Facebook has come under the spotlight again for its miscalculated paid video ad metrics. In 2016, it was reported that Facebook ads had been inflated in metrics by 60-80%. However, in a recent unsealed court document, its paid video ad metrics was "accused" to have been inflated by 150-900%.
Back in 2016, the initial lawsuit by advertisers against Facebook was for "unfair business practices". However, the complaint was amended into a class action lawsuit when several documents had cited Facebook committing fraud. In addition, the plaintiffs cited, in the court document, that internal Facebook engineers were aware of the miscalculation occurring as early as in 2015. Facebook did not respond to Marketing's queries.
This is not the first time conversations have surfaced about Facebook lack of clarity and sharing of data. Social media players such as Jeffrey Lim, general manager at Carbon Interactive said that Facebook has generally kept the metrics it provides to marketers a mystery. When asked why marketers are not taking a stand against the "mystery", he explained that without audit and full transparency, they stand on shaky ground.
"Marketers will not be able to take a stand when such a situation arises," he said, adding:
This is the price of monopoly unfortunately.
He added that to salvage the situation, a third party audit or an alternate platform is needed to "force" Facebook to look into the lapse.
Karu Khoo, head of digital marketing, Creative Unicorn, echoes that Facebook has been known to not disclose explanation to its marketers. In turn, marketers are not fully equipped with the knowledge to question Facebook's tactics. A marketer has to find the time to audit data and its accuracy to challenge the social media giant. Khoo explained that it will be "good" practice to compare data and identify what works instead of "relying" on a tool for measuring performance metrics.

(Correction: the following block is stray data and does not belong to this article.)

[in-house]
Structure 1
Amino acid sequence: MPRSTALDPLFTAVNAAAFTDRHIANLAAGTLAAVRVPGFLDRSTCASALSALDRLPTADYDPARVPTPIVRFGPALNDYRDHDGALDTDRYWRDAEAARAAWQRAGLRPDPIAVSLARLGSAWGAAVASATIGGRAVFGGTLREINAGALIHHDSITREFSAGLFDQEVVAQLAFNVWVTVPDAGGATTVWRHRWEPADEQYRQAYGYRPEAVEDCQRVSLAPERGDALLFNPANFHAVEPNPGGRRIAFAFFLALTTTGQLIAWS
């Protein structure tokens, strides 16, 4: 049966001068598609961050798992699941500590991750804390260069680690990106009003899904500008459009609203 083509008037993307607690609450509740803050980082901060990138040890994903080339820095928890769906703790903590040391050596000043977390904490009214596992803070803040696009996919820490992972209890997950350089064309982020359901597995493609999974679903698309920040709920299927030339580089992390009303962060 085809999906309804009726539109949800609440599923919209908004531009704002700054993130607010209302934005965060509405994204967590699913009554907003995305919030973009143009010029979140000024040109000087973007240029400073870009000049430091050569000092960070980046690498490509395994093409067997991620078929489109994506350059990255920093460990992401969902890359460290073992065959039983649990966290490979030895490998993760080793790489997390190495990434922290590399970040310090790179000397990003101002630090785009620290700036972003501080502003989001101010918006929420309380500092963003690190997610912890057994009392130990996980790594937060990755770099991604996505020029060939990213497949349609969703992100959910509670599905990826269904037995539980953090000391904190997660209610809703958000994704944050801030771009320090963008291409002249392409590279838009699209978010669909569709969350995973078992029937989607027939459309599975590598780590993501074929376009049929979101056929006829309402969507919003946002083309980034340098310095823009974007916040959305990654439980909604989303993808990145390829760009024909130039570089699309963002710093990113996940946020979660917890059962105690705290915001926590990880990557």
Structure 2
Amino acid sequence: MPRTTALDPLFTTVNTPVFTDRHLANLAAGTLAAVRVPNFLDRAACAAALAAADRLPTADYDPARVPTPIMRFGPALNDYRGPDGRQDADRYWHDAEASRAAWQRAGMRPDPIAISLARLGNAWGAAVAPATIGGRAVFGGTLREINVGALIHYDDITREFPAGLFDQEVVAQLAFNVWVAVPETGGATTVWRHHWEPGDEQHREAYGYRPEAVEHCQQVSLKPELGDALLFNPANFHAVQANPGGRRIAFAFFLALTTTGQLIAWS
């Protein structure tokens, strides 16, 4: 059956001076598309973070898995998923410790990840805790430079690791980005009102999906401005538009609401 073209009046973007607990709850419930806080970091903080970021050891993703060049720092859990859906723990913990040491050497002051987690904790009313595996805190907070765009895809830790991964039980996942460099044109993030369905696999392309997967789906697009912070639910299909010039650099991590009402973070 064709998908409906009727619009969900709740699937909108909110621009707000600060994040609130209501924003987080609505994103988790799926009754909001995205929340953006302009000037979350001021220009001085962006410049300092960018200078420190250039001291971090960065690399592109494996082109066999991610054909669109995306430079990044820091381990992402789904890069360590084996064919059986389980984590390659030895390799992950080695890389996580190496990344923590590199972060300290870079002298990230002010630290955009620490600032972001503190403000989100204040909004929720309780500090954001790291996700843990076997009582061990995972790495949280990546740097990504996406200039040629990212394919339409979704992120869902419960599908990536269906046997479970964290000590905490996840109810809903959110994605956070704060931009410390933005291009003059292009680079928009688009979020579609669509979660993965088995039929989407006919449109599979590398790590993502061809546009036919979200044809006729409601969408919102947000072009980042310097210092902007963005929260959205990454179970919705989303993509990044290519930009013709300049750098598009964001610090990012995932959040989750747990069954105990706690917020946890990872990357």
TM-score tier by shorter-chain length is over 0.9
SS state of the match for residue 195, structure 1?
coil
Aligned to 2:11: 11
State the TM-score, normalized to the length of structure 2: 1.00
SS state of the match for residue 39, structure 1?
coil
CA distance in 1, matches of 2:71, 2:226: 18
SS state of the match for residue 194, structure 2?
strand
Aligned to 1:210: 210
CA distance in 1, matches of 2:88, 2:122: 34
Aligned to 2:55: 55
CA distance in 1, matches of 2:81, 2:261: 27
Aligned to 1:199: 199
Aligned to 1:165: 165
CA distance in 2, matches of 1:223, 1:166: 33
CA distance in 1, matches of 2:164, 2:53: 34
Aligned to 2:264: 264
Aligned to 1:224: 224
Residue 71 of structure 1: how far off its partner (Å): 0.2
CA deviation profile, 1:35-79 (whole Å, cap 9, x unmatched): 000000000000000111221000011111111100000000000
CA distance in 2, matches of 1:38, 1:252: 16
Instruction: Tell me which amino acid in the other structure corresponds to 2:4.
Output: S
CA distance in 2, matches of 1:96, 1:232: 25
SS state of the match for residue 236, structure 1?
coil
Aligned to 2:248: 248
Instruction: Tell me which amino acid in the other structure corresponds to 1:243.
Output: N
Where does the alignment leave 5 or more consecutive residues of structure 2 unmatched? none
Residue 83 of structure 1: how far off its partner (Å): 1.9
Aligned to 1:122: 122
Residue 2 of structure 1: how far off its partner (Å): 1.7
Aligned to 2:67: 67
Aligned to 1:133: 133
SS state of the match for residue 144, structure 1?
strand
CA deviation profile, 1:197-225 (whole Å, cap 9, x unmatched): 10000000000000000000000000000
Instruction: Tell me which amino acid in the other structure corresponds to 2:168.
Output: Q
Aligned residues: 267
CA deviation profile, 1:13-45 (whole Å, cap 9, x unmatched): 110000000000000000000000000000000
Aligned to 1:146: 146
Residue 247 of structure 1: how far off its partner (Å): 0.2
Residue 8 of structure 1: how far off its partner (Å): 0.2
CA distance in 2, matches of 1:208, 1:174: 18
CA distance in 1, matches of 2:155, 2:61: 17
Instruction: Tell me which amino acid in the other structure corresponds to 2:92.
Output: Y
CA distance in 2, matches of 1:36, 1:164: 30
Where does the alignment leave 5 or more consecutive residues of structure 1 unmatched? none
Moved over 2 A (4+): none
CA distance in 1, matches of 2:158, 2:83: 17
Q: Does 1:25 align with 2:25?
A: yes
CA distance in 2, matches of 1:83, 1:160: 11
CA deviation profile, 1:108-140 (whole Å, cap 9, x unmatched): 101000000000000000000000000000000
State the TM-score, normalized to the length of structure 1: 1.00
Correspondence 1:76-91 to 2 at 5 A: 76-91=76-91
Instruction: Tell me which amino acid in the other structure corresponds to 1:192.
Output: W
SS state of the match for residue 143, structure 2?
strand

Sanchit Mendiratta, partner at Happy Marketer said that this time the implications are more related to video consumption on the platform as opposed to the ads itself. With several counts of miscalculated metrics over the years on its back, Mendiratta added it is time for the social media giant to face the facts.
However, with the miscalculations dating back to 2015, Mendiratta said that it questions the integrity of the platform. Facebook requires a house cleaning across its organisation's measurement methodology, he said. He added that this could potentially cause a positive ripple for the platform as:
No platform is too big to fail.
Marketing has reached out to several marketers to comment on the matter.